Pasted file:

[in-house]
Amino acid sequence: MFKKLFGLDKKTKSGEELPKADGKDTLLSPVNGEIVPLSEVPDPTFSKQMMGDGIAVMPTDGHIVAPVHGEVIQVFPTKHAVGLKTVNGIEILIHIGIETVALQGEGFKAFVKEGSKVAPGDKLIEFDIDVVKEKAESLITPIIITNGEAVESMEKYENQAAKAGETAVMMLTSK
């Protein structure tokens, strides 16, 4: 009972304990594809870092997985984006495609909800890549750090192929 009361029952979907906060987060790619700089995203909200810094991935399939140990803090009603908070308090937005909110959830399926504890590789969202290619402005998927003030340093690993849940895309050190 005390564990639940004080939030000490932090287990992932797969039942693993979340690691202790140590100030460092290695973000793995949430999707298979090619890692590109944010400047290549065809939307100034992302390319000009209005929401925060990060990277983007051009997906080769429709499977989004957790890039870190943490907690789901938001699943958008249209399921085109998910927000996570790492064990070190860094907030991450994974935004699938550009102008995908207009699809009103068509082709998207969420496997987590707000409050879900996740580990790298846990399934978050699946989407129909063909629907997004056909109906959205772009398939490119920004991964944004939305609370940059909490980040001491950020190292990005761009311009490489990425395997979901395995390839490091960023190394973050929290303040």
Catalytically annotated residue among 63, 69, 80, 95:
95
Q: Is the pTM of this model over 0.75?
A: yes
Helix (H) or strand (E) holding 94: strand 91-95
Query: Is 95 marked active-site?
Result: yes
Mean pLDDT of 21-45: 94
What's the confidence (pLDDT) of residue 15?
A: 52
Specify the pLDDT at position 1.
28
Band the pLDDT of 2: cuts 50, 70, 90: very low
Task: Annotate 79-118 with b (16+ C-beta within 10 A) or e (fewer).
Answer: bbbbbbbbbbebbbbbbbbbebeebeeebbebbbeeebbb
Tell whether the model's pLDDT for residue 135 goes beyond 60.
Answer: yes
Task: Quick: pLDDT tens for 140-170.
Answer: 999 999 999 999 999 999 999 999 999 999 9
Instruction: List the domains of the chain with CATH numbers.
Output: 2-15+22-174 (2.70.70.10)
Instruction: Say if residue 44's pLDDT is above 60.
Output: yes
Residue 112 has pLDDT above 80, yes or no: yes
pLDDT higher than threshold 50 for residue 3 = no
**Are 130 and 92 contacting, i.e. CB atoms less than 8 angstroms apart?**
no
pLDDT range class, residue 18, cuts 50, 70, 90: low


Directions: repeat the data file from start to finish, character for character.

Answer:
[in-house]
Amino acid sequence: MFKKLFGLDKKTKSGEELPKADGKDTLLSPVNGEIVPLSEVPDPTFSKQMMGDGIAVMPTDGHIVAPVHGEVIQVFPTKHAVGLKTVNGIEILIHIGIETVALQGEGFKAFVKEGSKVAPGDKLIEFDIDVVKEKAESLITPIIITNGEAVESMEKYENQAAKAGETAVMMLTSK
């Protein structure tokens, strides 16, 4: 009972304990594809870092997985984006495609909800890549750090192929 009361029952979907906060987060790619700089995203909200810094991935399939140990803090009603908070308090937005909110959830399926504890590789969202290619402005998927003030340093690993849940895309050190 005390564990639940004080939030000490932090287990992932797969039942693993979340690691202790140590100030460092290695973000793995949430999707298979090619890692590109944010400047290549065809939307100034992302390319000009209005929401925060990060990277983007051009997906080769429709499977989004957790890039870190943490907690789901938001699943958008249209399921085109998910927000996570790492064990070190860094907030991450994974935004699938550009102008995908207009699809009103068509082709998207969420496997987590707000409050879900996740580990790298846990399934978050699946989407129909063909629907997004056909109906959205772009398939490119920004991964944004939305609370940059909490980040001491950020190292990005761009311009490489990425395997979901395995390839490091960023190394973050929290303040």
Catalytically annotated residue among 63, 69, 80, 95:
95
Q: Is the pTM of this model over 0.75?
A: yes
Helix (H) or strand (E) holding 94: strand 91-95
Query: Is 95 marked active-site?
Result: yes
Mean pLDDT of 21-45: 94
What's the confidence (pLDDT) of residue 15?
A: 52
Specify the pLDDT at position 1.
28
Band the pLDDT of 2: cuts 50, 70, 90: very low
Task: Annotate 79-118 with b (16+ C-beta within 10 A) or e (fewer).
Answer: bbbbbbbbbbebbbbbbbbbebeebeeebbebbbeeebbb
Tell whether the model's pLDDT for residue 135 goes beyond 60.
Answer: yes
Task: Quick: pLDDT tens for 140-170.
Answer: 999 999 999 999 999 999 999 999 999 999 9
Instruction: List the domains of the chain with CATH numbers.
Output: 2-15+22-174 (2.70.70.10)
Instruction: Say if residue 44's pLDDT is above 60.
Output: yes
Residue 112 has pLDDT above 80, yes or no: yes
pLDDT higher than threshold 50 for residue 3 = no
**Are 130 and 92 contacting, i.e. CB atoms less than 8 angstroms apart?**
no
pLDDT range class, residue 18, cuts 50, 70, 90: low